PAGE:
Community planting

Trees provide people with a connection to a place. They enhance the visual beauty of spaces and provide environmental, recreational and communal benefits.

Community planting has many benefits

The benefits of community plantings include:

  • Planting trees in communal spaces provides an opportunity for people to get involved with their community and provides a connection to the land.
  • Trees beautify spaces and attract people to them. For example, a green field provides many uses but once trees are added, people are more drawn to the field and its use increases.
  • Trees can screen unwanted views and walls.
  • Trees cool streets and cities. Our urban environments create heat islands. The shading created by trees breaks up these heat islands and provides a cooling effect.
  • Planting trees along mountain bike or walking tracks provides shade, beautification and slope stability.
  • Planting trees around playing fields provides shade, shelter and a buffer for surrounding residential properties from noise and lighting.
  • Trees provide health benefits. They absorb pollution and provide oxygen. Patients with views of trees can heal faster.
  • Trees are often planted as living memorials or reminders of loved ones.
  • Trees can muffle sounds and block wind.
  • There are many environmental benefits to planting trees including providing bird corridors, biodiversity and improving water quality.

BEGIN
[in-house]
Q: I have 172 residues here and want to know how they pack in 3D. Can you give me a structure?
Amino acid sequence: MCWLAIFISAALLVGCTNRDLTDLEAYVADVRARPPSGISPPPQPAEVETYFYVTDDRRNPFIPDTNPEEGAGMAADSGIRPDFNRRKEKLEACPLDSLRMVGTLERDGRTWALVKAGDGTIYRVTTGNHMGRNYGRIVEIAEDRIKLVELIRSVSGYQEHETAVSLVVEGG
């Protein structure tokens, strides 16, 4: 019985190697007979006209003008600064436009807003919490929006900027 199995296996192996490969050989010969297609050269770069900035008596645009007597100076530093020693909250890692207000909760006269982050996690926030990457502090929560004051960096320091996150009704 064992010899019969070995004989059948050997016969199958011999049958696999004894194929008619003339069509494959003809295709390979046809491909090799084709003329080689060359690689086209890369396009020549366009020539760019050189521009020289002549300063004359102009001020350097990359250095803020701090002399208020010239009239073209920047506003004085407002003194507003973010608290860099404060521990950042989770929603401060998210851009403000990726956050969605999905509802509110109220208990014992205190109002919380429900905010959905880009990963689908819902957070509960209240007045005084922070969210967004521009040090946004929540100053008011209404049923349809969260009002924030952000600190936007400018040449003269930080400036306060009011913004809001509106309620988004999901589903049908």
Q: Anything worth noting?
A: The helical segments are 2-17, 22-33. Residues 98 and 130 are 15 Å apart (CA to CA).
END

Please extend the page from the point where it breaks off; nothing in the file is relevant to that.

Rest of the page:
• Leafy, green suburbs are very desirable and add value to areas.

Why are you doing a community planting?

First think about why you are doing your planting project, for example:

  • Do you want to attract more people to recreational areas like playing fields and walking tracks?
  • Are you looking to provide shade or windbreaks to spaces?
  • Do you want to bring wildlife closer or create habitats for birds or lizards?
  • Are you creating an urban forest?

How to plant for your community

The high level stages to planning a community planting project are to:

  • identify where you want to plant, what species will grow in your area and your planting objectives
  • what you are going to plant – if native species, you should ecosource your plants
  • get permission to plant, usually from your local or regional council or the Department of Conservation
  • find out if you can get funding
  • contact your local nursery and order trees well in advance of planned planting days
  • clear the land of weeds
  • plant your trees over winter
  • commit to maintaining the planting for at least 3 years.
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Quick tip
Keep your planting size manageable. Try not to plant over a hectare of land, or more than 1,000 trees.

Plan your community planting event

If you want your community planting to be an event:

  • advertise through social media, a letterbox drop and your networks so people can join in
  • let people know to bring a spade
  • make sure you have all the other things you need to make the planting successful, for example, plant guards and bamboo stakes.

Many hands make light work and community planting events are a great way to meet others who want to plant trees.

Planting living memorials

Te Uru Rākau – New Zealand Forest Service provides funding to plant trees as living memorials to honour New Zealand’s heroes.

Matariki Tu Rākau funding for memorial tree planting – Ministry for Primary Industries Get planting advice and help